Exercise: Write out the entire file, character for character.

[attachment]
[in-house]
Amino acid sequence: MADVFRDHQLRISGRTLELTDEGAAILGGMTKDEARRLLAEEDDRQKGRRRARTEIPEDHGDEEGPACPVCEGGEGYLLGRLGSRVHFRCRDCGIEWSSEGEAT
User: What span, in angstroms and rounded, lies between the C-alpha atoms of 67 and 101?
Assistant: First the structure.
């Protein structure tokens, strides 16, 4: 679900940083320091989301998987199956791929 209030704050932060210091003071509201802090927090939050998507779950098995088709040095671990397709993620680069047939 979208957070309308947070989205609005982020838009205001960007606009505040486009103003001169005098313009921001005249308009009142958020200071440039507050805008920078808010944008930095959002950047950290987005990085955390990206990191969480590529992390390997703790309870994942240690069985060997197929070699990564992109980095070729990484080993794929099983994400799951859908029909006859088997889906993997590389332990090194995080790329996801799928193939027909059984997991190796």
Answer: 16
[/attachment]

[in-house]
Amino acid sequence: MADVFRDHQLRISGRTLELTDEGAAILGGMTKDEARRLLAEEDDRQKGRRRARTEIPEDHGDEEGPACPVCEGGEGYLLGRLGSRVHFRCRDCGIEWSSEGEAT
User: What span, in angstroms and rounded, lies between the C-alpha atoms of 67 and 101?
Assistant: First the structure.
């Protein structure tokens, strides 16, 4: 679900940083320091989301998987199956791929 209030704050932060210091003071509201802090927090939050998507779950098995088709040095671990397709993620680069047939 979208957070309308947070989205609005982020838009205001960007606009505040486009103003001169005098313009921001005249308009009142958020200071440039507050805008920078808010944008930095959002950047950290987005990085955390990206990191969480590529992390390997703790309870994942240690069985060997197929070699990564992109980095070729990484080993794929099983994400799951859908029909006859088997889906993997590389332990090194995080790329996801799928193939027909059984997991190796």
Answer: 16